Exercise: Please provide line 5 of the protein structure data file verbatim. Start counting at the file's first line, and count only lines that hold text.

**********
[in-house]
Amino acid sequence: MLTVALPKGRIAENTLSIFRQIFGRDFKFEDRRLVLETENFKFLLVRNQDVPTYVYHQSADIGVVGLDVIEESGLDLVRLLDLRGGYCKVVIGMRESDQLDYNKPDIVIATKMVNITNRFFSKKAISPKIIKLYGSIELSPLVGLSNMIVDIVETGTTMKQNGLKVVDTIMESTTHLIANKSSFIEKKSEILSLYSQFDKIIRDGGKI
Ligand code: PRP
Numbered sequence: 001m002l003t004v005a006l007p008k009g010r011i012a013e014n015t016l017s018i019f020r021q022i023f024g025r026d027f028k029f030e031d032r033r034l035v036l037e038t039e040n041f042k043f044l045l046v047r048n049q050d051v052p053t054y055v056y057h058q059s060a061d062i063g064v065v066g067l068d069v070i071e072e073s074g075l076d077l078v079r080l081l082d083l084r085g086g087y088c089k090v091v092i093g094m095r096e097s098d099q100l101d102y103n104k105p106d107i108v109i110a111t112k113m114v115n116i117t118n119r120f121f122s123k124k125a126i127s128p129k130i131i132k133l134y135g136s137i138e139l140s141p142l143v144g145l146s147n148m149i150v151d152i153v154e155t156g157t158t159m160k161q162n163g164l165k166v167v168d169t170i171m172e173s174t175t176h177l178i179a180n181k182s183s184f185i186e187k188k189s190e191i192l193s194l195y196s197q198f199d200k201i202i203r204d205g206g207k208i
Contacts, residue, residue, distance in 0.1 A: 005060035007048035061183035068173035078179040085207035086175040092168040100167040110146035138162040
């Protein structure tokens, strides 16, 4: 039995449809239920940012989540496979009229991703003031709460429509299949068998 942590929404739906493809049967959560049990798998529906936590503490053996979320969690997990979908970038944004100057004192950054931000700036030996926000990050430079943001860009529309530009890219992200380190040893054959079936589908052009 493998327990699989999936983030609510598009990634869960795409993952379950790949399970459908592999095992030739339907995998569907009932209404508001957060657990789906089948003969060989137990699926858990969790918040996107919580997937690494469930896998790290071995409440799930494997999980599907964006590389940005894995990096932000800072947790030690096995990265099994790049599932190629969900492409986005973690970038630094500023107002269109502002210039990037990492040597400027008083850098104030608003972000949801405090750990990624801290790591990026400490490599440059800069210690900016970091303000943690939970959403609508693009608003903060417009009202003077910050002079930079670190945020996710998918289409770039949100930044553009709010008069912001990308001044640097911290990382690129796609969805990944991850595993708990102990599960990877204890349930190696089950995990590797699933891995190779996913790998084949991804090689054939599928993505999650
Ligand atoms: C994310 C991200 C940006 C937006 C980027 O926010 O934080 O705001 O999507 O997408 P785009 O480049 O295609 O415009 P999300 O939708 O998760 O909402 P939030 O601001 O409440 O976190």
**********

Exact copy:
Contacts, residue, residue, distance in 0.1 A: 005060035007048035061183035068173035078179040085207035086175040092168040100167040110146035138162040